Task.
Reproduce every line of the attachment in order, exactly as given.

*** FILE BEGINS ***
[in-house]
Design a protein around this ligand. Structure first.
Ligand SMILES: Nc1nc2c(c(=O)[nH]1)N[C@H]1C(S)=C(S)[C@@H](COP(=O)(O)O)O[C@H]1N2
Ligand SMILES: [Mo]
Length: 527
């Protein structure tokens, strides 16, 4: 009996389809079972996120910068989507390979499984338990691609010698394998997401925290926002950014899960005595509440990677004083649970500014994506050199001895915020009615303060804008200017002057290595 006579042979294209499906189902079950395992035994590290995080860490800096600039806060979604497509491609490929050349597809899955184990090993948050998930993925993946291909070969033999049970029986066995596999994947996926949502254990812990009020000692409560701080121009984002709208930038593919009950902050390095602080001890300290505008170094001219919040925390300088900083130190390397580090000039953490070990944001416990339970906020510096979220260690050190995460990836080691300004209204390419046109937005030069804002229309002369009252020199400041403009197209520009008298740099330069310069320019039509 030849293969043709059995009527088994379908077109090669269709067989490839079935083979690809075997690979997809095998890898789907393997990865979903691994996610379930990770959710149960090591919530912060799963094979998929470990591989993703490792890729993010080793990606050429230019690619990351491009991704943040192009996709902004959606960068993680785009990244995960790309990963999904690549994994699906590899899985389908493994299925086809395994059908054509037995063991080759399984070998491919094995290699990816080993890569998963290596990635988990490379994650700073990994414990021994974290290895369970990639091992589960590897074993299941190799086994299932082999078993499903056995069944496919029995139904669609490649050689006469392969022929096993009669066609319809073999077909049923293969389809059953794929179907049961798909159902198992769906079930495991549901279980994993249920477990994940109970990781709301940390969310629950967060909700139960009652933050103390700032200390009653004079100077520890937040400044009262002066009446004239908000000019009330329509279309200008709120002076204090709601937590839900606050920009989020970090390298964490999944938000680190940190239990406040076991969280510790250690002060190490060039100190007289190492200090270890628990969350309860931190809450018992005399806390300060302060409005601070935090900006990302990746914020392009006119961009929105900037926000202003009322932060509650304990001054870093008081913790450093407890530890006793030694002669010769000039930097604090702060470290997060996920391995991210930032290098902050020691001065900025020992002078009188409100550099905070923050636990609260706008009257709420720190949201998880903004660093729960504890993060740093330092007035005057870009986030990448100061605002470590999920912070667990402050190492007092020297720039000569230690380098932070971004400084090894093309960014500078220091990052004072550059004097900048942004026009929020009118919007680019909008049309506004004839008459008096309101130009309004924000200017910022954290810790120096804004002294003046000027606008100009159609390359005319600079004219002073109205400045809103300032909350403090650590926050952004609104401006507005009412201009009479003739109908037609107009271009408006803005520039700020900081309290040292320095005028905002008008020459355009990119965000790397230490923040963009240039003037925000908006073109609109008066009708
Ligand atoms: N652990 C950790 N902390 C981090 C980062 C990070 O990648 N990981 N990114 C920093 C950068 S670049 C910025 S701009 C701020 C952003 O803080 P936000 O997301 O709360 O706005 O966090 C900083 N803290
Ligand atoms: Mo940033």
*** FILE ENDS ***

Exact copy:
[in-house]
Design a protein around this ligand. Structure first.
Ligand SMILES: Nc1nc2c(c(=O)[nH]1)N[C@H]1C(S)=C(S)[C@@H](COP(=O)(O)O)O[C@H]1N2
Ligand SMILES: [Mo]
Length: 527
């Protein structure tokens, strides 16, 4: 009996389809079972996120910068989507390979499984338990691609010698394998997401925290926002950014899960005595509440990677004083649970500014994506050199001895915020009615303060804008200017002057290595 006579042979294209499906189902079950395992035994590290995080860490800096600039806060979604497509491609490929050349597809899955184990090993948050998930993925993946291909070969033999049970029986066995596999994947996926949502254990812990009020000692409560701080121009984002709208930038593919009950902050390095602080001890300290505008170094001219919040925390300088900083130190390397580090000039953490070990944001416990339970906020510096979220260690050190995460990836080691300004209204390419046109937005030069804002229309002369009252020199400041403009197209520009008298740099330069310069320019039509 030849293969043709059995009527088994379908077109090669269709067989490839079935083979690809075997690979997809095998890898789907393997990865979903691994996610379930990770959710149960090591919530912060799963094979998929470990591989993703490792890729993010080793990606050429230019690619990351491009991704943040192009996709902004959606960068993680785009990244995960790309990963999904690549994994699906590899899985389908493994299925086809395994059908054509037995063991080759399984070998491919094995290699990816080993890569998963290596990635988990490379994650700073990994414990021994974290290895369970990639091992589960590897074993299941190799086994299932082999078993499903056995069944496919029995139904669609490649050689006469392969022929096993009669066609319809073999077909049923293969389809059953794929179907049961798909159902198992769906079930495991549901279980994993249920477990994940109970990781709301940390969310629950967060909700139960009652933050103390700032200390009653004079100077520890937040400044009262002066009446004239908000000019009330329509279309200008709120002076204090709601937590839900606050920009989020970090390298964490999944938000680190940190239990406040076991969280510790250690002060190490060039100190007289190492200090270890628990969350309860931190809450018992005399806390300060302060409005601070935090900006990302990746914020392009006119961009929105900037926000202003009322932060509650304990001054870093008081913790450093407890530890006793030694002669010769000039930097604090702060470290997060996920391995991210930032290098902050020691001065900025020992002078009188409100550099905070923050636990609260706008009257709420720190949201998880903004660093729960504890993060740093330092007035005057870009986030990448100061605002470590999920912070667990402050190492007092020297720039000569230690380098932070971004400084090894093309960014500078220091990052004072550059004097900048942004026009929020009118919007680019909008049309506004004839008459008096309101130009309004924000200017910022954290810790120096804004002294003046000027606008100009159609390359005319600079004219002073109205400045809103300032909350403090650590926050952004609104401006507005009412201009009479003739109908037609107009271009408006803005520039700020900081309290040292320095005028905002008008020459355009990119965000790397230490923040963009240039003037925000908006073109609109008066009708
Ligand atoms: N652990 C950790 N902390 C981090 C980062 C990070 O990648 N990981 N990114 C920093 C950068 S670049 C910025 S701009 C701020 C952003 O803080 P936000 O997301 O709360 O706005 O966090 C900083 N803290
Ligand atoms: Mo940033």